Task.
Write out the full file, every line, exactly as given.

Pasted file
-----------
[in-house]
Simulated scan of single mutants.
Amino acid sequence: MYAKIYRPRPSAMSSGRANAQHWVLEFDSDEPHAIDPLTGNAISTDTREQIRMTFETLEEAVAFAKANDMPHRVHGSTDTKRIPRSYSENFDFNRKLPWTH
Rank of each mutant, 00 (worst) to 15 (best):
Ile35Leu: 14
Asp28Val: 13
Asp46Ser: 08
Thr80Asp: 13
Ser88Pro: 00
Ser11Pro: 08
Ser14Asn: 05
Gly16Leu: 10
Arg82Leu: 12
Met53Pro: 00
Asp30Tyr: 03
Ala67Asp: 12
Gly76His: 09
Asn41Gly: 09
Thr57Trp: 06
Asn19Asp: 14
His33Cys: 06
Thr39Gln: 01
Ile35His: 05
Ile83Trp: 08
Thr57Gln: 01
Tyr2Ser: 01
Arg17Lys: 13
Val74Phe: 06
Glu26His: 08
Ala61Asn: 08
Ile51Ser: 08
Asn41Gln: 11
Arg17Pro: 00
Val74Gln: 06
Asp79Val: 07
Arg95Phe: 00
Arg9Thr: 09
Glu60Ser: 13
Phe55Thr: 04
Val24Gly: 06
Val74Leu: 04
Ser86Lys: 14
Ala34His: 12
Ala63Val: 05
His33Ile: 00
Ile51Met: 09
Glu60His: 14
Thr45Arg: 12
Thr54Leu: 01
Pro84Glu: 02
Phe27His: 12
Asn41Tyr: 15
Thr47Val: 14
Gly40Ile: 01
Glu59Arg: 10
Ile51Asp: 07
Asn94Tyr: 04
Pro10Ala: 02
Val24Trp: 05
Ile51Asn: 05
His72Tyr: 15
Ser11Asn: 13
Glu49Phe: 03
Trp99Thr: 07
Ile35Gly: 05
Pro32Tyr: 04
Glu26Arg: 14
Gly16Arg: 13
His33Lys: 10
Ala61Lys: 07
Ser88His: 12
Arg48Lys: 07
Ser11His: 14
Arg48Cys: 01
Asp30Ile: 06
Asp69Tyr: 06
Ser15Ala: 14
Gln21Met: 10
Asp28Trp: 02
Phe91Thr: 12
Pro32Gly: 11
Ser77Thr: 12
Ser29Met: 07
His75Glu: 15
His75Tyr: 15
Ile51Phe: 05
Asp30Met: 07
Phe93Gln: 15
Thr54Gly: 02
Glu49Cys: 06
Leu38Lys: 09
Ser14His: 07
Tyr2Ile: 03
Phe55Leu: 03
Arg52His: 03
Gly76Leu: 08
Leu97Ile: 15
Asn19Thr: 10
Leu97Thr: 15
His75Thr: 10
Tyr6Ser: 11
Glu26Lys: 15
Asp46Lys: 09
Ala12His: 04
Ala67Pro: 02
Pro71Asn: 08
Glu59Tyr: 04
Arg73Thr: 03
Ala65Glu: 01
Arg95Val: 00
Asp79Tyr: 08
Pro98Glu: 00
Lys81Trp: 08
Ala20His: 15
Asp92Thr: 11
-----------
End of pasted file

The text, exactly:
[in-house]
Simulated scan of single mutants.
Amino acid sequence: MYAKIYRPRPSAMSSGRANAQHWVLEFDSDEPHAIDPLTGNAISTDTREQIRMTFETLEEAVAFAKANDMPHRVHGSTDTKRIPRSYSENFDFNRKLPWTH
Rank of each mutant, 00 (worst) to 15 (best):
Ile35Leu: 14
Asp28Val: 13
Asp46Ser: 08
Thr80Asp: 13
Ser88Pro: 00
Ser11Pro: 08
Ser14Asn: 05
Gly16Leu: 10
Arg82Leu: 12
Met53Pro: 00
Asp30Tyr: 03
Ala67Asp: 12
Gly76His: 09
Asn41Gly: 09
Thr57Trp: 06
Asn19Asp: 14
His33Cys: 06
Thr39Gln: 01
Ile35His: 05
Ile83Trp: 08
Thr57Gln: 01
Tyr2Ser: 01
Arg17Lys: 13
Val74Phe: 06
Glu26His: 08
Ala61Asn: 08
Ile51Ser: 08
Asn41Gln: 11
Arg17Pro: 00
Val74Gln: 06
Asp79Val: 07
Arg95Phe: 00
Arg9Thr: 09
Glu60Ser: 13
Phe55Thr: 04
Val24Gly: 06
Val74Leu: 04
Ser86Lys: 14
Ala34His: 12
Ala63Val: 05
His33Ile: 00
Ile51Met: 09
Glu60His: 14
Thr45Arg: 12
Thr54Leu: 01
Pro84Glu: 02
Phe27His: 12
Asn41Tyr: 15
Thr47Val: 14
Gly40Ile: 01
Glu59Arg: 10
Ile51Asp: 07
Asn94Tyr: 04
Pro10Ala: 02
Val24Trp: 05
Ile51Asn: 05
His72Tyr: 15
Ser11Asn: 13
Glu49Phe: 03
Trp99Thr: 07
Ile35Gly: 05
Pro32Tyr: 04
Glu26Arg: 14
Gly16Arg: 13
His33Lys: 10
Ala61Lys: 07
Ser88His: 12
Arg48Lys: 07
Ser11His: 14
Arg48Cys: 01
Asp30Ile: 06
Asp69Tyr: 06
Ser15Ala: 14
Gln21Met: 10
Asp28Trp: 02
Phe91Thr: 12
Pro32Gly: 11
Ser77Thr: 12
Ser29Met: 07
His75Glu: 15
His75Tyr: 15
Ile51Phe: 05
Asp30Met: 07
Phe93Gln: 15
Thr54Gly: 02
Glu49Cys: 06
Leu38Lys: 09
Ser14His: 07
Tyr2Ile: 03
Phe55Leu: 03
Arg52His: 03
Gly76Leu: 08
Leu97Ile: 15
Asn19Thr: 10
Leu97Thr: 15
His75Thr: 10
Tyr6Ser: 11
Glu26Lys: 15
Asp46Lys: 09
Ala12His: 04
Ala67Pro: 02
Pro71Asn: 08
Glu59Tyr: 04
Arg73Thr: 03
Ala65Glu: 01
Arg95Val: 00
Asp79Tyr: 08
Pro98Glu: 00
Lys81Trp: 08
Ala20His: 15
Asp92Thr: 11